©
art-of-film:

Turn Me On Dammit (2011)
collections-from-vogue:

Song Kyung Ah in “A Melancholy Lady” Photographed By Lee Junghoon & Styled By Eunsue Kang For Harper’s Bazaar Korea, September 2013
oncethingslookup:

Moschino Fall 2013 RTW
brentlavett:

Saul Leiter
zizzerzazzerzuzz:

Indian sword (shamshir) and scabbard, early 19th century

Marilyn Monroe in Niagara (1953)

(Source: vintagegal, via rosevintage)

the-lazy-strategist:

qualitynaruto:

ninja shoes

the ugg boots of naruto
beautifulbizzzzarreart:

Jeremy Mann

peashooter85:

The Unfinished Egyptian Obelisk of Aswan,

Lying at the Ancient Egyptian quarries of Aswan is a giant obelisk that, unfortunately, was never erected.  This is a shame because had it been erected, it would have been the largest Egyptian obelisk in the world, with a height of 137 feet while weighing over 1,200 tons.  Fortunately today, the Ancient Egyptian’s loss is our gain.  For historians and archaeologists the unfinished obelisk is a treasure trove of information on how the Egyptians not only built their obelisks, but how they quarried granite, and what tools they used.  When the Egyptians abandoned the obelisk, they left it behind complete with tool marks, markings left by engineers and architects, as well as a number of stone and copper tools.  

Incredibly the Egyptians quarried the obelisk directly out of the granite bedrock.  To accomplish this a team of around 130 workers carved trenches in the rough outline of the obelisk.  Carving was achieved by a pounding ball ( about the size of a grapefruit) made of a hard rock called diorite.  The workers would have spent perhaps a year or more pounding on the granite until slowly a trench was formed.  Once the trench was deep enough, the workers would have carved inwards as far as possible.  Finally the obelisk would have been  separated from the bedrock by driving copper spikes into it.  Once removed the obelisk would have been trimmed using a copper saw, and other finishing touches would have occured.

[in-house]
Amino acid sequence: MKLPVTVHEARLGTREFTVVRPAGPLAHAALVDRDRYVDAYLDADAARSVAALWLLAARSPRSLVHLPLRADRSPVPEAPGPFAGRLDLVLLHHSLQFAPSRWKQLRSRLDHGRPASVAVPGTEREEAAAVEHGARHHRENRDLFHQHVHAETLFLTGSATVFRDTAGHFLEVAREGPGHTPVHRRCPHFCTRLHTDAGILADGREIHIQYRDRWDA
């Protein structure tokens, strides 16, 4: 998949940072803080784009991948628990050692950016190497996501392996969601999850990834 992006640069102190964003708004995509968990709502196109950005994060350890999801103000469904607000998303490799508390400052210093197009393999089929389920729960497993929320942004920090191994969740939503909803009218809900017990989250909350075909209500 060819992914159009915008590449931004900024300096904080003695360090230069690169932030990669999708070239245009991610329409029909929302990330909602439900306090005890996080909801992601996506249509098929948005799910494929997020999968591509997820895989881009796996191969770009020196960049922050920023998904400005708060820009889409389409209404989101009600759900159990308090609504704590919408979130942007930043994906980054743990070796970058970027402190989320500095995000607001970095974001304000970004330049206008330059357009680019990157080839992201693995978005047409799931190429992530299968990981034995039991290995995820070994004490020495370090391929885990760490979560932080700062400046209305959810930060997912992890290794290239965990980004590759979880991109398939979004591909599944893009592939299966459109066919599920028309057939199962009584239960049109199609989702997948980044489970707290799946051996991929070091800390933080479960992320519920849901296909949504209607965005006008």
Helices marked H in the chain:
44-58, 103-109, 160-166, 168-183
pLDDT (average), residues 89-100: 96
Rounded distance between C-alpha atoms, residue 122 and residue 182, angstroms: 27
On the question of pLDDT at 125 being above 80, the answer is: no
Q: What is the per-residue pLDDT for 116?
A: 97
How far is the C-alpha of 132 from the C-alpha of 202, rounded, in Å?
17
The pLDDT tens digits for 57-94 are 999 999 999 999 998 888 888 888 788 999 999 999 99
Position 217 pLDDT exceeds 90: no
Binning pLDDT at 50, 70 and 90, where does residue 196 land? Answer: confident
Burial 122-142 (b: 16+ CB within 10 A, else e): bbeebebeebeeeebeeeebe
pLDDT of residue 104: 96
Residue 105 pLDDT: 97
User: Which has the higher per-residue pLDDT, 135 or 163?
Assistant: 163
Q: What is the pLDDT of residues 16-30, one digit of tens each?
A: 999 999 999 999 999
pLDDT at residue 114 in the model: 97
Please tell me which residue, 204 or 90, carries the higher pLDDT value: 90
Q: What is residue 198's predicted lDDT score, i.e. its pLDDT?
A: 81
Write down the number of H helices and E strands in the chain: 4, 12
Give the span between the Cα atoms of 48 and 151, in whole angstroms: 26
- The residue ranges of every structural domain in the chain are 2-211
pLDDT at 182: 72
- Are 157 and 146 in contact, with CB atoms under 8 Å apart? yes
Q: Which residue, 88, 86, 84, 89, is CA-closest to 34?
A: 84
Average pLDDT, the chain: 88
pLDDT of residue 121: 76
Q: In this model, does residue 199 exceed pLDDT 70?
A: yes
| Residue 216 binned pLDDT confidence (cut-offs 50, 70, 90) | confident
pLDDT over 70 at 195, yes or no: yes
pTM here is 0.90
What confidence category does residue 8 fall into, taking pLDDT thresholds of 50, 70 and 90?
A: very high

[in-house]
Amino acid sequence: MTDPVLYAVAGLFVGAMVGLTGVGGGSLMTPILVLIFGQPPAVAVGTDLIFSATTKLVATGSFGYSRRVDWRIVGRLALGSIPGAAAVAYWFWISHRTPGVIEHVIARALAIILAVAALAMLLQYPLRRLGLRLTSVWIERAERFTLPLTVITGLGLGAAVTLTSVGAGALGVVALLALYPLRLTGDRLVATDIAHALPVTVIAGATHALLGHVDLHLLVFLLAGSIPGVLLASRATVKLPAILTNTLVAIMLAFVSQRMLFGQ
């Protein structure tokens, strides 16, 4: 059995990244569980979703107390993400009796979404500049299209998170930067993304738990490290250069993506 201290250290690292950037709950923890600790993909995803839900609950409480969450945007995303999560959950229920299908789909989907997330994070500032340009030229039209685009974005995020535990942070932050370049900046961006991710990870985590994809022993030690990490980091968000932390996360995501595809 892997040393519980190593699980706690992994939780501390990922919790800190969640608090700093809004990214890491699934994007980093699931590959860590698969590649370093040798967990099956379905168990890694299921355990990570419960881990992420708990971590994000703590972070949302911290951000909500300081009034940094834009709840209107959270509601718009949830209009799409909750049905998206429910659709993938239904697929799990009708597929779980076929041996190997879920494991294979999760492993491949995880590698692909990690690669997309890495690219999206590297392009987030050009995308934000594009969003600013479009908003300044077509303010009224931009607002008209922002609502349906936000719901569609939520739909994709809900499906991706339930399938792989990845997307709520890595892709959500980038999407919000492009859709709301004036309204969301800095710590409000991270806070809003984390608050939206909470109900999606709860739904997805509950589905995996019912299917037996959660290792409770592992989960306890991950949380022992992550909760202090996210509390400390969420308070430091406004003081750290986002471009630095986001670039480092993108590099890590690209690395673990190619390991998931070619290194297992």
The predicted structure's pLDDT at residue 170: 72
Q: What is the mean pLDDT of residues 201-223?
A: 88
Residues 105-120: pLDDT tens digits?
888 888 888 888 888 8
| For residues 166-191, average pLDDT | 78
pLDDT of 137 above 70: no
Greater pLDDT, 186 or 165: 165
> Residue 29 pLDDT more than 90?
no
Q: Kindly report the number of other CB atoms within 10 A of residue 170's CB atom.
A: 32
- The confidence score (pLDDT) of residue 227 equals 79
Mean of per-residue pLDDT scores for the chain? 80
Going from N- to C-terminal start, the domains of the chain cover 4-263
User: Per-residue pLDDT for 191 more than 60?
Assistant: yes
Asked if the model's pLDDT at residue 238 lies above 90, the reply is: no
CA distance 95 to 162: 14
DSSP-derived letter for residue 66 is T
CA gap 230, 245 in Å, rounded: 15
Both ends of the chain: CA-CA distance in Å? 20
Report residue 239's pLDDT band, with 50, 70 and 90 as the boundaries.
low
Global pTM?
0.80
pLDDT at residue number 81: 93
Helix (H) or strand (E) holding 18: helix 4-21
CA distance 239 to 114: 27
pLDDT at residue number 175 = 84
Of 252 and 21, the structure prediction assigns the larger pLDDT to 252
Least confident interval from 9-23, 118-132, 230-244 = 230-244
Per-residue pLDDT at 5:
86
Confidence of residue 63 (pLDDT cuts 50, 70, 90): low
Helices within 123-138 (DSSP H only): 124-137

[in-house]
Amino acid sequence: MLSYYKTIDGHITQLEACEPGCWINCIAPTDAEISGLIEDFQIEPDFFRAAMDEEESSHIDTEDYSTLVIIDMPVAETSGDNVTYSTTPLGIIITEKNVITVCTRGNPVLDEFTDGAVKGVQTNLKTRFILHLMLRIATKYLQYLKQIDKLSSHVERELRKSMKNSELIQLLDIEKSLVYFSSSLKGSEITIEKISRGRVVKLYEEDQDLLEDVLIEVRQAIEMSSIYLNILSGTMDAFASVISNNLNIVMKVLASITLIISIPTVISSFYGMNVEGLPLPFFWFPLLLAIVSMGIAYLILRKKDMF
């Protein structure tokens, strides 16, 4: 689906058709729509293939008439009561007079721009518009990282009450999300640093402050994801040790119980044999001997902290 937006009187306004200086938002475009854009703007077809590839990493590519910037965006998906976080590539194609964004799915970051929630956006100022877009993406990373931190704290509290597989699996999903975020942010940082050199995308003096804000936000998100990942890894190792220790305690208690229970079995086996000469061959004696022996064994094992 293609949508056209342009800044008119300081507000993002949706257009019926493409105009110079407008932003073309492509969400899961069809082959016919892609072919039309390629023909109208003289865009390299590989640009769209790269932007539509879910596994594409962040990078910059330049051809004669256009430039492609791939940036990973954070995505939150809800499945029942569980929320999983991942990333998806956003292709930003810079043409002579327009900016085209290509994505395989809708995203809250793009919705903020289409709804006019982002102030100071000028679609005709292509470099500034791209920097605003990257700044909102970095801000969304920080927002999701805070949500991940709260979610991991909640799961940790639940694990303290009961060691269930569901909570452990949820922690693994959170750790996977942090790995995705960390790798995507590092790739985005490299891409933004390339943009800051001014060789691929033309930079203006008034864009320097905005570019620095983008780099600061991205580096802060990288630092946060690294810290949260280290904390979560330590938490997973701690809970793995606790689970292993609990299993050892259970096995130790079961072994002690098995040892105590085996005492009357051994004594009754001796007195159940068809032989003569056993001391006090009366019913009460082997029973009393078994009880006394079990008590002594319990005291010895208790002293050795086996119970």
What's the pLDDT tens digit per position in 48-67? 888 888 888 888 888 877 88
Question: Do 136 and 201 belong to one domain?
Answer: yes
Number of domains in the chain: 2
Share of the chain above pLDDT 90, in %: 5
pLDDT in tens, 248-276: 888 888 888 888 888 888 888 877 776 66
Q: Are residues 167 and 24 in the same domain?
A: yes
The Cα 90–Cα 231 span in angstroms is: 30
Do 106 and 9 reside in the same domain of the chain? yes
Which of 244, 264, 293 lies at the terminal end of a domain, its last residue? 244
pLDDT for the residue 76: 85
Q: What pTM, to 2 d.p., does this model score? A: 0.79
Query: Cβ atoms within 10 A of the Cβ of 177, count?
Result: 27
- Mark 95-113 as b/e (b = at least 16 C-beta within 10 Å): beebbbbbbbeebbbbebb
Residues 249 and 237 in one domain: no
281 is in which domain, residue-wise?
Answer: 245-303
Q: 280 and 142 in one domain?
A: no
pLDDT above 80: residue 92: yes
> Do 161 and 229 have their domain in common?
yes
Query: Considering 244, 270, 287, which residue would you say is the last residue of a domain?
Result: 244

The difficulty and repetitiveness of obelisk quarrying must have been incredible.  Imagine pounding away at the rock, day after day for over a year, perhaps more.  It would have been incredibly backbreaking and tedious work to an unimaginable degree.  The tools used would have made the work much harder, as copper would have worn down quickly.  One thing that is certainly guaranteed; Ancient Egyptian workers would have been extremely tough, rugged, and more importantly, patient workers.

So after all that hard labor why did the Egyptians never finish the Aswan Obelisk?  As they neared the end stages of quarrying one of two things occurred.  Either the stone developed flaws, or the act of quarrying released tension within the stone slab.  The result was that the obelisk developed a series of large cracks, three running in a lateral direction with one running lengthwise.  This made the obelisk utterly unusable.

After more than a year of blood, sweat, and tears, the failure of the Aswan Obelisk must have been heartbreaking.

(Source: pbs.org, via peashooter85)

fuckyeahhistorycrushes:

This is Philip Otto Runge a German romantic painter, to be honest the only one I know besides Friedrich. He was sooooooo cute that I even dont care that I think his paintings are generally meh. He was friends with Goethe and also wrote about color. One of the most interesting parts of his artworks was some sort of allegory/total art project called “the hours of the day” but he didn’t finish it. He died pretty young but whatever, I´d fuck your brains out Runge.
aseaofquotes:

Anthony Marra, A Constellation of Vital Phenomena